When I look at myself, really look at myself, I hate what I see, especially when it comes to my family life. Why am I the worst around the people I am supposed to love the most? Why do I act, and react, like this? Why can’t I be better? Why can’t I change?

Why should I hope and ask God to trust me with something more if I can’t even take care with the people in my home?

Yet, all too often, I try to place the blame on those around me rather than myself. I don’t like to admit that I’m flawed—at least, not to others. I know that I’m much more flawed than I like to admit, than I want anyone else to know. And one of the easiest ways to try to get around taking the blame for something is to blame someone else. Even Moses did this, seemingly right up until the day he died.

What? Moses did this? Moses, one of the most revered men in Jewish history, the man the Bible calls “more humble than anyone else on the face of the earth” (Numbers 12:3)? The man who spent so much time with God that his face literally glowed?

Yes. In at least one aspect of his life, Moses blamed others for his own actions—actions that led to a severe consequence. You see, when God had told Moses to speak to a rock in the presence of the Israelites and, in so doing, “bring water out of the rock for the community so they and their livestock can drink” (Numbers 20:8), Moses was so angry with the Israelites for complaining—yet again—that instead of just speaking to the rock he hit it. Twice. God still provided the water, but pointed out to Moses that his actions dishonored God: They betrayed a lack of trust, and worse yet, prevented another opportunity for God to display his holiness to the Israelites. A God who shows that he can command even the rocks of the earth to provide for his people is a God indeed; one who has to break the rock open physically? Not nearly as impressive. And so Moses—and his brother Aaron, who had stood by his side through the incident—were forbidden from entering the promised land with their people.

Wow. A fit of anger, and then this. What he had been working toward for decades, denied to Moses. And as close as Moses was to God, as much time as he spent with him, I don’t think he could bring himself to admit that, yes, this was his fault. At least, he never admitted it out loud. Instead, he blamed the Israelites.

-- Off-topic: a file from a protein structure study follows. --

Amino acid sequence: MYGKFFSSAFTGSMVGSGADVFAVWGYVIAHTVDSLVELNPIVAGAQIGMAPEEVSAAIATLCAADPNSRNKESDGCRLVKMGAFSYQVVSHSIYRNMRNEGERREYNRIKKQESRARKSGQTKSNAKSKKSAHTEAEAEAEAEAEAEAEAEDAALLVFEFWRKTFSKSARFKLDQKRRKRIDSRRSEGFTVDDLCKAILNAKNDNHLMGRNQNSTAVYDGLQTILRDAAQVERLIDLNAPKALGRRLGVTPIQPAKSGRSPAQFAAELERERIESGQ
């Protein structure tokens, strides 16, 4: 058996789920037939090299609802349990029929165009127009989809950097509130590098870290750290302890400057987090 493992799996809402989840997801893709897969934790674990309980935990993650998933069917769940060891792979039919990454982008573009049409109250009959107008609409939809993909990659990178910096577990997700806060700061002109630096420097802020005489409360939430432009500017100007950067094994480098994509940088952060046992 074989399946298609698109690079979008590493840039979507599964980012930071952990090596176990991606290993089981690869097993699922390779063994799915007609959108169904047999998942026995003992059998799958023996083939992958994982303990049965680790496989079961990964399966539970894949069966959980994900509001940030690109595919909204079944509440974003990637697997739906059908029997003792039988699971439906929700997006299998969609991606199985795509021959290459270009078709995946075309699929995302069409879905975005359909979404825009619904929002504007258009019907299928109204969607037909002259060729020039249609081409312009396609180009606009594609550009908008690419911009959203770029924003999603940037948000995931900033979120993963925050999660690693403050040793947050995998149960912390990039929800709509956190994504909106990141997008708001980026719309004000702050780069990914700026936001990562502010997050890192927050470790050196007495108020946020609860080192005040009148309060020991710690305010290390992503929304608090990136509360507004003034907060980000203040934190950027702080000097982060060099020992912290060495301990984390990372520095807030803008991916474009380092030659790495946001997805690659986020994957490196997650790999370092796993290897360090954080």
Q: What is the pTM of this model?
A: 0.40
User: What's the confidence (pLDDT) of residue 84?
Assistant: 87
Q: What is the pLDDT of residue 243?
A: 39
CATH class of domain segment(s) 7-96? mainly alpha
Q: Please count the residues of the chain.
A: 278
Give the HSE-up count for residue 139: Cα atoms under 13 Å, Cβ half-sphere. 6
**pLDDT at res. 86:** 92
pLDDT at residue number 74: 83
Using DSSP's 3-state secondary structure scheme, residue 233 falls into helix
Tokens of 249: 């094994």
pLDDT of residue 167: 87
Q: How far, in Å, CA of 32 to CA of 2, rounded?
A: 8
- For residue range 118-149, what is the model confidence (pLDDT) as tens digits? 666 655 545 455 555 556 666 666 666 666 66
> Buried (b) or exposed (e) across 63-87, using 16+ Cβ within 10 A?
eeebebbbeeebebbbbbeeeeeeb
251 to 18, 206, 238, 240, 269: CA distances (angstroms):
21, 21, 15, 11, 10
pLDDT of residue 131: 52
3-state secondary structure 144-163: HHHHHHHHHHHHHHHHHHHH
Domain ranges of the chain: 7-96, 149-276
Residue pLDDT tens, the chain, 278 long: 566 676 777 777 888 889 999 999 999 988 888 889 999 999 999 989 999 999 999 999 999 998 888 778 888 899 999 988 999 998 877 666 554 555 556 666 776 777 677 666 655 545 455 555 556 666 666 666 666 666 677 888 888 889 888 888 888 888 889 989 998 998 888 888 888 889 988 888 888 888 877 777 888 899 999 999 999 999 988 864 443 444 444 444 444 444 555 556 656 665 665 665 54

In his closing “sermon” to the Israelites (basically, the book of Deuteronomy), shortly before he was to die (and knowing his death was coming), Moses told the assembled crowd,

Because of you the LORD became angry with me also and said, “You shall not enter it, either.” (Deuteronomy 1:37)

Did you catch that? Because of you.

You started it. It’s not my fault.

But it was. Moses may have been reacting to others’ actions, but he was the one that turned a situation from one in which God would be seen as holy, in which God would be glorified, into one that doubters could later explain away as being “natural,” an act of human initiative. If Moses had obeyed God, had just spoken to the rock, how much more would God’s power, God’s holiness, have been revealed? What else was Moses getting in the way of by not owning up to his own mistake, by still blaming it on the Israelites?

How often have I taken away God’s glory by not trusting, not obeying? By instead clinging to my stubborn, childish pride and telling others, telling myself, You started it! It’s not my fault?

If only, instead, we can trust God and do as he instructs. Get out of the way and see how miraculously his holiness shines through, simply because of our obedience. Allow people to see him and not us.

And when we do fall? When I fall and block others’ view of God’s holiness? What might happen if, instead of stubbornly blaming others, I own up to them? I, instead, accept the blame and learn from the consequences? Maybe, just maybe, God’s holiness will start to outshine me again. Will start to shine through me.

Outshine me, Lord, Change my heart and let my life reflect your glory. Let me glow.